Hybrid Bicycle Review

Hybrid Bicycle Review

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If you're shopping for a new bike, it is likely that you have heard or read about hybrid bikes. Hybrid bikes are designed to incorporate the best features from road bikes and mountain bikes, thus resulting in a bike that is capable of achieving high speeds on asphalt and handling packed dirt paths.

Hybrid bikes tend to have an upright frame allowing the rider to achieve a more comfortable riding position. A short, low frame can handle more weight and absorb the average amount punishment from, potholes, curbs, etc., that you may encounter during a ride to work or the grocery store. Hybrid bikes also have slightly larger tires that road bikes for better Traction and stability on dirt bike paths or grass. However, like a road bike, hybrids tend to have lighter rims and taller gearing for faster riding on pavement.

Most reviews of hybrid bikes reveal that the wheels on a hybrid are a marriage of the heavy duty mountain bike wheel and the lightweight high-speed road bike wheel. Wider tires are good for stability and durability during a ride on a slightly rocky packed dirt bike path, but a higher recommended air pressure, similar to a road bike wheel, allows for speed on roads and asphalt paths by reducing rolling resistance. The rims and spokes on hybrids are lighter, also like a road bike. Because of this feature it is important that you do not purchase a hybrid if you plan on doing a lot of rough off-road riding. Reviews of hybrid bikes have shown that the lightweight rims and spokes can not handle large rocks and big drops like a true mountain bike.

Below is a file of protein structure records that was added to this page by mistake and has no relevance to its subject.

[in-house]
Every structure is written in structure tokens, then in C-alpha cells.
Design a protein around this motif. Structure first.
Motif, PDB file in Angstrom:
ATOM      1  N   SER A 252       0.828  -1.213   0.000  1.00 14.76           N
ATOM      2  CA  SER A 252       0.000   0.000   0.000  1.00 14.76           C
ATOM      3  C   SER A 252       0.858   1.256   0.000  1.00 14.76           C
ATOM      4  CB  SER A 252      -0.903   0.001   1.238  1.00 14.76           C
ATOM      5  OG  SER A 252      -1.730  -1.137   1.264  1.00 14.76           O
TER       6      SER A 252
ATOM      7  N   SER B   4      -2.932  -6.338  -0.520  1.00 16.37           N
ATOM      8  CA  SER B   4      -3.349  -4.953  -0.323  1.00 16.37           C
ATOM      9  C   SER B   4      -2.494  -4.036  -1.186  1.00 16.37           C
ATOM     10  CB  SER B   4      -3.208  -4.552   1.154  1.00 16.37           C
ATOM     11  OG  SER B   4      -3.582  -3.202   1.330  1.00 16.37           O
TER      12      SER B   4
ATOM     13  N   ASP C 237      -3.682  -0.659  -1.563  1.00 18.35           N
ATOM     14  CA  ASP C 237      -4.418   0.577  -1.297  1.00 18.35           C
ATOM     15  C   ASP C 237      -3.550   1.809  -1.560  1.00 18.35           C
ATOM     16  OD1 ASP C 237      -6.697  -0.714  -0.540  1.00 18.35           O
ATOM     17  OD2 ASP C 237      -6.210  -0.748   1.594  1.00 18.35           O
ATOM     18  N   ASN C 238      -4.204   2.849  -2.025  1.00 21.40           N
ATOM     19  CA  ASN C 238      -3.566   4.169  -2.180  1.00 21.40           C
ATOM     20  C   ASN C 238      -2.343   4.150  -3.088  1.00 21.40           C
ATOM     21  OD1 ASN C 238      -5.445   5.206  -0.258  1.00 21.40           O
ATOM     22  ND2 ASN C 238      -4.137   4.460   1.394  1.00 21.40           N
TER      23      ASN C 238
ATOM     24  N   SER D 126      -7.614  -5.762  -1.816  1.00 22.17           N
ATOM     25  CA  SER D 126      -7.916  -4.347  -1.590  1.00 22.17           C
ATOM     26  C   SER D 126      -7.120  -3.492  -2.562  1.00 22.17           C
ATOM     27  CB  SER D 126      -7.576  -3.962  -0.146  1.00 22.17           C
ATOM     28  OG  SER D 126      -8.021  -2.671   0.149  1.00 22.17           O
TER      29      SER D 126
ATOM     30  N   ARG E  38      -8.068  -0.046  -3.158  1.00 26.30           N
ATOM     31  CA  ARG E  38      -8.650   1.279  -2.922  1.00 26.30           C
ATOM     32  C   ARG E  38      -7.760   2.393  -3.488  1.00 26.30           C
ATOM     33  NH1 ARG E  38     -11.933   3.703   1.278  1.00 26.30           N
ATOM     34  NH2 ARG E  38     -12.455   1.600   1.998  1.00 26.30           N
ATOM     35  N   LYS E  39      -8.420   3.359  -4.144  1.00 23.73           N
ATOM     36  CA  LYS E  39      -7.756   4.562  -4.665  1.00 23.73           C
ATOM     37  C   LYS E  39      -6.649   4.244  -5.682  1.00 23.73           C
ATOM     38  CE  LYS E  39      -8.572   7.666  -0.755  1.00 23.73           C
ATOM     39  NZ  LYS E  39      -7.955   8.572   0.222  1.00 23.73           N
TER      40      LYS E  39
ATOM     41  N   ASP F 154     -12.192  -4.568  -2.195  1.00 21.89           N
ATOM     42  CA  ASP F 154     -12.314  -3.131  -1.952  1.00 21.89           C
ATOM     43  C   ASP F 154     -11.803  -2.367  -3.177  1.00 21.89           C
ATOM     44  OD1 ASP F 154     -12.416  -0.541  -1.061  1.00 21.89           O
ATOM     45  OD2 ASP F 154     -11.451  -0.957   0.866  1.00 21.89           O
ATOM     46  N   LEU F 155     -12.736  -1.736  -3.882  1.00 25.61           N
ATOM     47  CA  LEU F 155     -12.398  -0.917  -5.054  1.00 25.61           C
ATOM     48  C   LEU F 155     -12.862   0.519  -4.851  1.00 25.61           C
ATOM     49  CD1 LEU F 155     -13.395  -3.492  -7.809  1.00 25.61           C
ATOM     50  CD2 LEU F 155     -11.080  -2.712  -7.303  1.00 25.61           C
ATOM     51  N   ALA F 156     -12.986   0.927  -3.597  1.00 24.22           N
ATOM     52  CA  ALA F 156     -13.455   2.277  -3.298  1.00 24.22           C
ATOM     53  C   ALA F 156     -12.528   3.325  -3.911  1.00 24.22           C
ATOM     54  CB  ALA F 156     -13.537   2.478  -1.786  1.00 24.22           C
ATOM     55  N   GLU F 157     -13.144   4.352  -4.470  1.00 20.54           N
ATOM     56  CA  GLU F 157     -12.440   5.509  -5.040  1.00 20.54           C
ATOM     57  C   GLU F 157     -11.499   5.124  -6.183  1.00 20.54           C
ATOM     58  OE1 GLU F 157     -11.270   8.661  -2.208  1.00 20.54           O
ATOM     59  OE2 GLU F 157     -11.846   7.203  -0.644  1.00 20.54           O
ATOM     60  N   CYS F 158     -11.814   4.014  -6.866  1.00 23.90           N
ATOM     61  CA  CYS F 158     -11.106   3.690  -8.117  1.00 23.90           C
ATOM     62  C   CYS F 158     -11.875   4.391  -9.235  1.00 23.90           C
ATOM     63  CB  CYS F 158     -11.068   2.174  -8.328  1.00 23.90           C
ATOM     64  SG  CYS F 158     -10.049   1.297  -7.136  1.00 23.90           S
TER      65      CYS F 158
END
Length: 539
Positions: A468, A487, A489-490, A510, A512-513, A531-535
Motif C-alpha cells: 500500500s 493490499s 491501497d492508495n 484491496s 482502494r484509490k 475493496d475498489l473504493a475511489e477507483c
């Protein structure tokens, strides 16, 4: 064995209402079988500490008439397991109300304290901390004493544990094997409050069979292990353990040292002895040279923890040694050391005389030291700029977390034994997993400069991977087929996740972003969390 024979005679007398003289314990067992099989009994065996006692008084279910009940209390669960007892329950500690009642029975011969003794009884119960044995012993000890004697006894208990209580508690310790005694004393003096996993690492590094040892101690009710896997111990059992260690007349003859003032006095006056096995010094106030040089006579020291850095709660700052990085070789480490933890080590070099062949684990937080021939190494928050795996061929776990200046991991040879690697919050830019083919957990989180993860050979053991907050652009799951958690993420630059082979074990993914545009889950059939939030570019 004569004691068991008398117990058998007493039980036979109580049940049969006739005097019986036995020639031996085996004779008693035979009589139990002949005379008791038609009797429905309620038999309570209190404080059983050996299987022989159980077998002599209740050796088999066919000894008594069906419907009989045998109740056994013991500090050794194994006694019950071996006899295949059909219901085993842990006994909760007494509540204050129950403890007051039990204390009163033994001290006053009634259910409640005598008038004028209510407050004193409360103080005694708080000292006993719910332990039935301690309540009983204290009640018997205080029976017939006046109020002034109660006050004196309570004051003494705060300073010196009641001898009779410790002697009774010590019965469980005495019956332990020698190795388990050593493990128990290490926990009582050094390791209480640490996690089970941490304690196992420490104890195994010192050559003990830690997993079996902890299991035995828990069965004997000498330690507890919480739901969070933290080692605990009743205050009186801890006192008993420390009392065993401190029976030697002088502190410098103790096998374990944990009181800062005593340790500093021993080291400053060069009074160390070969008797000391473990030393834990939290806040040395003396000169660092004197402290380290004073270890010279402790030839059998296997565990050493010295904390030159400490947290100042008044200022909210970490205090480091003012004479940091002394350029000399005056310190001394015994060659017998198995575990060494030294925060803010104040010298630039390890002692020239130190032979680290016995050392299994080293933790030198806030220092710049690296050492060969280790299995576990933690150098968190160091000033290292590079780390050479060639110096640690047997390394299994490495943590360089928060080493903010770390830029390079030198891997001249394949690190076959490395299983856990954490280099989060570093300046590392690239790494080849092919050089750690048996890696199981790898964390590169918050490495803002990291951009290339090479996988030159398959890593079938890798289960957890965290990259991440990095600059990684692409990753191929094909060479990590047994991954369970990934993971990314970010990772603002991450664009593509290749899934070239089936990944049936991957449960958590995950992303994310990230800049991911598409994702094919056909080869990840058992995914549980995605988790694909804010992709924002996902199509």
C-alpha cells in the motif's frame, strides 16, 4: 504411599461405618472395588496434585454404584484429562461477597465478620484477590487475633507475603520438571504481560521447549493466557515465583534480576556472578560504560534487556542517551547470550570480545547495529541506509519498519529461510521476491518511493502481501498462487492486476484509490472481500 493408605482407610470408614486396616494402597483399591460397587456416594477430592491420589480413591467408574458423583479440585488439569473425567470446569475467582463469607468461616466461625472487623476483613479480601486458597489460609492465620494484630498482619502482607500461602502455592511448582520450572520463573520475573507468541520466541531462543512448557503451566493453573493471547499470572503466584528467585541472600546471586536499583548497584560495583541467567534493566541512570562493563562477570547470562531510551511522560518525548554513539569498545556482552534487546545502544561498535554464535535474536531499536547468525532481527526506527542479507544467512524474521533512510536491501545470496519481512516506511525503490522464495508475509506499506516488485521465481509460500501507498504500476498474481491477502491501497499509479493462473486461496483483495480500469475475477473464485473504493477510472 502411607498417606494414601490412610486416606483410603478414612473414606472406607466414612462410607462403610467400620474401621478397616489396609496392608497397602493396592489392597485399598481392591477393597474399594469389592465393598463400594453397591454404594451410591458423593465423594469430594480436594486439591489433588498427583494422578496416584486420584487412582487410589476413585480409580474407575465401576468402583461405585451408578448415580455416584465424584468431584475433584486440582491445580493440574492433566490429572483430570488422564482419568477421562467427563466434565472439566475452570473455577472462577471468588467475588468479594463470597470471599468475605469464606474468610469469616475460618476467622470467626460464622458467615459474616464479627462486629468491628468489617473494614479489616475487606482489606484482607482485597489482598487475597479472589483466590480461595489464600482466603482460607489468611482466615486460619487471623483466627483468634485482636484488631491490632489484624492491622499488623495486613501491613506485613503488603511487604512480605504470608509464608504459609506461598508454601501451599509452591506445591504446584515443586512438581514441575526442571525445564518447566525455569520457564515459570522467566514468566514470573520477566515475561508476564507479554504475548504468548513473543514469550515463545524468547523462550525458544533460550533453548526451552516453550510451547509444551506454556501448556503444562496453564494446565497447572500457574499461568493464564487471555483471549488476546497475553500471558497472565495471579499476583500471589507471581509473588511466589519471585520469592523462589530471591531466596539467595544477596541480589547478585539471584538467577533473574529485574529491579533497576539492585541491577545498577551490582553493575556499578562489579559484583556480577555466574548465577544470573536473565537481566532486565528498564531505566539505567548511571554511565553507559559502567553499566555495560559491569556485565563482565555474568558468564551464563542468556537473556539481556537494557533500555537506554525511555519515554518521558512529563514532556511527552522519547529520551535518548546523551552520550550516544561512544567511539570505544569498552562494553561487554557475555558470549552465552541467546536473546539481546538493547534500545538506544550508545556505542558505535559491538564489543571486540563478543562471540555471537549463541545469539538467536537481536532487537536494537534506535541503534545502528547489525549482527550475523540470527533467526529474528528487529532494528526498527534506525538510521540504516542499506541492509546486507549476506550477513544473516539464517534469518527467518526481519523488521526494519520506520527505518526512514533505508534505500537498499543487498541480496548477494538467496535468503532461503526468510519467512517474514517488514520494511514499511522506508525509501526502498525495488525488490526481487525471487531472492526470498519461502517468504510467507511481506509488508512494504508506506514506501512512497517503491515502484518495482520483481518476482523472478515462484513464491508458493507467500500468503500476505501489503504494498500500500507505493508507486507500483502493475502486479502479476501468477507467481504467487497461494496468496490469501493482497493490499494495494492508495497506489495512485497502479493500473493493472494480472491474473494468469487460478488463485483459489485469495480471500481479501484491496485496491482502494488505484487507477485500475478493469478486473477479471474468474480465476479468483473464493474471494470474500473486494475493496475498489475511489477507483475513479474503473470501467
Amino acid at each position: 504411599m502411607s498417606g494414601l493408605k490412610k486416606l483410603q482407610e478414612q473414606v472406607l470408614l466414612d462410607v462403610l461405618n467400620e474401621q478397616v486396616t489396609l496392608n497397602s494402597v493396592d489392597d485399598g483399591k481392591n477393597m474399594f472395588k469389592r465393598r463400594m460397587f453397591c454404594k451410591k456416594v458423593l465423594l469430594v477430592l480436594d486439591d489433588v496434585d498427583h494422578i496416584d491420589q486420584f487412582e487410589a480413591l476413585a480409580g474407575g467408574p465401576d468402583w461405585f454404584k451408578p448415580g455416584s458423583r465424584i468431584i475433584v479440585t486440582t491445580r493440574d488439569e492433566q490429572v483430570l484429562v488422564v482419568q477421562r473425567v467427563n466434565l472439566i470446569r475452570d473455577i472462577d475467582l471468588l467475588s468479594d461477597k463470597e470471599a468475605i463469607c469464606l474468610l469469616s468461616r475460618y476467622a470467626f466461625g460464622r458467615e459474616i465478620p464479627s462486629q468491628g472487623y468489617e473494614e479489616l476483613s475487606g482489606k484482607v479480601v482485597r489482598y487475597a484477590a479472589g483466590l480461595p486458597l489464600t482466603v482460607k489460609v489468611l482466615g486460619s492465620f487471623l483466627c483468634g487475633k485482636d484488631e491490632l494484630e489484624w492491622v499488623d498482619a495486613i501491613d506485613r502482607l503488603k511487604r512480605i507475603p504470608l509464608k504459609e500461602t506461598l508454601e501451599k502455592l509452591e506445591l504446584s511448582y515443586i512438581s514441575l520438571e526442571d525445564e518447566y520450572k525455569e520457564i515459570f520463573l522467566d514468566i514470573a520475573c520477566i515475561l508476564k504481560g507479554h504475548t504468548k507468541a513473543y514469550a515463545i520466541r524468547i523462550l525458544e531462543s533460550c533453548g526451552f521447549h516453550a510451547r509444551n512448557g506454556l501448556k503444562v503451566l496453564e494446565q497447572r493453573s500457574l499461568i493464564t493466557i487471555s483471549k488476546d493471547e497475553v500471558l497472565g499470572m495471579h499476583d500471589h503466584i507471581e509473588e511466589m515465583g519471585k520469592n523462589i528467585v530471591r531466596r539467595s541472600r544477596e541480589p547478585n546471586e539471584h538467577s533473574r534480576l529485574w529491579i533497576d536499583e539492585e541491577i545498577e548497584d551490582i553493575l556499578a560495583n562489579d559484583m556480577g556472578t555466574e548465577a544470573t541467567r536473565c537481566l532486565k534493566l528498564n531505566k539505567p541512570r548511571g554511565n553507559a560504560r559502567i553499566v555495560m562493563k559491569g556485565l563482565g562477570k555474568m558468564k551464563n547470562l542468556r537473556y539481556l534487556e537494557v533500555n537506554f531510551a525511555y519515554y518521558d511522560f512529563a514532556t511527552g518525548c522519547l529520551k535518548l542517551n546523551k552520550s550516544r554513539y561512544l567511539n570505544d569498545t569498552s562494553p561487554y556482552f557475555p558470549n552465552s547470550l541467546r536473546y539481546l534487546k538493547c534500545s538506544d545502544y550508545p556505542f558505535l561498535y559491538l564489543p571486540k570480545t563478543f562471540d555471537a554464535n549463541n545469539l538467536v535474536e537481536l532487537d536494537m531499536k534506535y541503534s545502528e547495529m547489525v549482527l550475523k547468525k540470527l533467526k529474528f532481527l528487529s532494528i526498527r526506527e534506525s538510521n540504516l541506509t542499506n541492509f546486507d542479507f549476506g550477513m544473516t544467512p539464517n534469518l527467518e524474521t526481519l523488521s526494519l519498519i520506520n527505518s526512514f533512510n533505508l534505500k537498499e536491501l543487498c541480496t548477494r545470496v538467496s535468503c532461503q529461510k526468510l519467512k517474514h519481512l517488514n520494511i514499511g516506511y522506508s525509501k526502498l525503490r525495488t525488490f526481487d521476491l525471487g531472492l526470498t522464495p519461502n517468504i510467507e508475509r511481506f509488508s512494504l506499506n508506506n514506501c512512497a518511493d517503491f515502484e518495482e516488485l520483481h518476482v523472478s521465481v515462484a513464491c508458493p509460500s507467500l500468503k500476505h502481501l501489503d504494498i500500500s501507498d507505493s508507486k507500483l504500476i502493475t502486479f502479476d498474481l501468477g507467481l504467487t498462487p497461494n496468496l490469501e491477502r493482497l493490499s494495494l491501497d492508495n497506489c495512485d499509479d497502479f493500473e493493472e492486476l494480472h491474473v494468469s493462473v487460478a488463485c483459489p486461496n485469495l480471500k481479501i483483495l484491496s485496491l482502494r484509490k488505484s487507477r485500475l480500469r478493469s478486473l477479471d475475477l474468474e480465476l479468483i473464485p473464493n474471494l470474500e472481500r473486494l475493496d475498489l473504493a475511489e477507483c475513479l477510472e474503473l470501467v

Frames on most hybrid bike frames are made of lightweight aluminum or steel (also called "cro-moly"). These materials allow for both speed and durability while still being very affordable. The handlebars on a hybrid are typically flat like a mountain bike, and go straight out from the stem. They also have a wider grip, allowing riders to sit upright and offer a better position for vision and control, and perhaps most importantly, comfort. In this position the rider has an ideal center of gravity and the least amount of neck and back strain possible.

Hybrids take gear design cues from both mountain and road bikes. Most reviews of hybrid bikes claim that they not only allow the rider to both climb hills easily, but also go fast on flat or downhill sections. However, a lack of very low gears does not allow for the power that many mountain bikes offer for powering through loose or rocky terrain. Typically a hybrid bike will have either two or three chain rings in the front, much like the crank assembly on a road bike. In the back there are eight or nine gears in the cassette. The combination of the two sets of gears allows for 16 all the way up to 27 possible gear combinations. You will find that these gears are more than sufficient for conquering almost any challenge you will find commuting to work or enjoying a weekend ride on a countryside bike path.

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Source by Candis Reade

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